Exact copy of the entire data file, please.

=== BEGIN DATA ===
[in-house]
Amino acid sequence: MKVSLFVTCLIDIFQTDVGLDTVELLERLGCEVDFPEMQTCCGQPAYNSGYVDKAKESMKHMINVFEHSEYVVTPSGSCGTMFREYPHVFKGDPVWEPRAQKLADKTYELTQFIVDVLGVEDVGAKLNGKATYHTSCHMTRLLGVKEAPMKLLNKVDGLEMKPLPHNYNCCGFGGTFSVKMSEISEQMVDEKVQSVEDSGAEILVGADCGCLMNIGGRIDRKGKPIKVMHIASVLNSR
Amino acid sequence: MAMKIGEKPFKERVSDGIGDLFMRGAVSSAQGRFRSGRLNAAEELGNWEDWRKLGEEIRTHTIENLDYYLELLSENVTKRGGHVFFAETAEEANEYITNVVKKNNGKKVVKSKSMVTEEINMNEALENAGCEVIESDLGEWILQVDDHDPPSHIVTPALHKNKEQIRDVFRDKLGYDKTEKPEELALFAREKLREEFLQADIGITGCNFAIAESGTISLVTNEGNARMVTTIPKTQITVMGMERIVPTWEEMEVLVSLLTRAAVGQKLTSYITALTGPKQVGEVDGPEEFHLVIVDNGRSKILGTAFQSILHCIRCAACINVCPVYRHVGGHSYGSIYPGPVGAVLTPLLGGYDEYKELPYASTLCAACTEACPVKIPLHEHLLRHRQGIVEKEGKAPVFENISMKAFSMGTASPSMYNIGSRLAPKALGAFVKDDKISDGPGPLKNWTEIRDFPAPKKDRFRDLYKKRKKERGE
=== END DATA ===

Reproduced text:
[in-house]
Amino acid sequence: MKVSLFVTCLIDIFQTDVGLDTVELLERLGCEVDFPEMQTCCGQPAYNSGYVDKAKESMKHMINVFEHSEYVVTPSGSCGTMFREYPHVFKGDPVWEPRAQKLADKTYELTQFIVDVLGVEDVGAKLNGKATYHTSCHMTRLLGVKEAPMKLLNKVDGLEMKPLPHNYNCCGFGGTFSVKMSEISEQMVDEKVQSVEDSGAEILVGADCGCLMNIGGRIDRKGKPIKVMHIASVLNSR
Amino acid sequence: MAMKIGEKPFKERVSDGIGDLFMRGAVSSAQGRFRSGRLNAAEELGNWEDWRKLGEEIRTHTIENLDYYLELLSENVTKRGGHVFFAETAEEANEYITNVVKKNNGKKVVKSKSMVTEEINMNEALENAGCEVIESDLGEWILQVDDHDPPSHIVTPALHKNKEQIRDVFRDKLGYDKTEKPEELALFAREKLREEFLQADIGITGCNFAIAESGTISLVTNEGNARMVTTIPKTQITVMGMERIVPTWEEMEVLVSLLTRAAVGQKLTSYITALTGPKQVGEVDGPEEFHLVIVDNGRSKILGTAFQSILHCIRCAACINVCPVYRHVGGHSYGSIYPGPVGAVLTPLLGGYDEYKELPYASTLCAACTEACPVKIPLHEHLLRHRQGIVEKEGKAPVFENISMKAFSMGTASPSMYNIGSRLAPKALGAFVKDDKISDGPGPLKNWTEIRDFPAPKKDRFRDLYKKRKKERGE